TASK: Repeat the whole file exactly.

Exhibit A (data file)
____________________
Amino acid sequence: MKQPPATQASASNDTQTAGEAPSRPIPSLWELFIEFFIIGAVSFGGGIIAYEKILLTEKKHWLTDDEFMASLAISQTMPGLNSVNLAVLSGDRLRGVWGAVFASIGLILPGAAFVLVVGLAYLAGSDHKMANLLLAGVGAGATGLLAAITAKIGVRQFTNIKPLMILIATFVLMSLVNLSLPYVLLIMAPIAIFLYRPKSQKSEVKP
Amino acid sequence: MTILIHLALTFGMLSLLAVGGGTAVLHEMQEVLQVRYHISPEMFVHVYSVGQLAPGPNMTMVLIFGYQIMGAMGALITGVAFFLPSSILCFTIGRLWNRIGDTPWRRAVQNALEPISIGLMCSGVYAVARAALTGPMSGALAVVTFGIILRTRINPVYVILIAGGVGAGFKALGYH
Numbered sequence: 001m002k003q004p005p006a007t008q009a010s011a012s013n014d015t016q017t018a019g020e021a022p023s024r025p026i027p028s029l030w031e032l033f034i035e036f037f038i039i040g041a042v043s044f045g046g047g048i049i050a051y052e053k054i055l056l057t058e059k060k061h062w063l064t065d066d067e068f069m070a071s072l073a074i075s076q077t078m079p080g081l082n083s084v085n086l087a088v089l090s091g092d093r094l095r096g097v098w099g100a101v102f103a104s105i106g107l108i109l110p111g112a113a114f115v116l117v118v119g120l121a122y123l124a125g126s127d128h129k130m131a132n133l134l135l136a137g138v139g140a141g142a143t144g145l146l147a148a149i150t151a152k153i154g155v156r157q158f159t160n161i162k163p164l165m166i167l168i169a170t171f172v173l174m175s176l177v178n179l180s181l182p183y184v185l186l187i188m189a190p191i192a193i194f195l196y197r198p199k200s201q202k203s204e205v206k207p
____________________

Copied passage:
Amino acid sequence: MKQPPATQASASNDTQTAGEAPSRPIPSLWELFIEFFIIGAVSFGGGIIAYEKILLTEKKHWLTDDEFMASLAISQTMPGLNSVNLAVLSGDRLRGVWGAVFASIGLILPGAAFVLVVGLAYLAGSDHKMANLLLAGVGAGATGLLAAITAKIGVRQFTNIKPLMILIATFVLMSLVNLSLPYVLLIMAPIAIFLYRPKSQKSEVKP
Amino acid sequence: MTILIHLALTFGMLSLLAVGGGTAVLHEMQEVLQVRYHISPEMFVHVYSVGQLAPGPNMTMVLIFGYQIMGAMGALITGVAFFLPSSILCFTIGRLWNRIGDTPWRRAVQNALEPISIGLMCSGVYAVARAALTGPMSGALAVVTFGIILRTRINPVYVILIAGGVGAGFKALGYH
Numbered sequence: 001m002k003q004p005p006a007t008q009a010s011a012s013n014d015t016q017t018a019g020e021a022p023s024r025p026i027p028s029l030w031e032l033f034i035e036f037f038i039i040g041a042v043s044f045g046g047g048i049i050a051y052e053k054i055l056l057t058e059k060k061h062w063l064t065d066d067e068f069m070a071s072l073a074i075s076q077t078m079p080g081l082n083s084v085n086l087a088v089l090s091g092d093r094l095r096g097v098w099g100a101v102f103a104s105i106g107l108i109l110p111g112a113a114f115v116l117v118v119g120l121a122y123l124a125g126s127d128h129k130m131a132n133l134l135l136a137g138v139g140a141g142a143t144g145l146l147a148a149i150t151a152k153i154g155v156r157q158f159t160n161i162k163p164l165m166i167l168i169a170t171f172v173l174m175s176l177v178n179l180s181l182p183y184v185l186l187i188m189a190p191i192a193i194f195l196y197r198p199k200s201q202k203s204e205v206k207p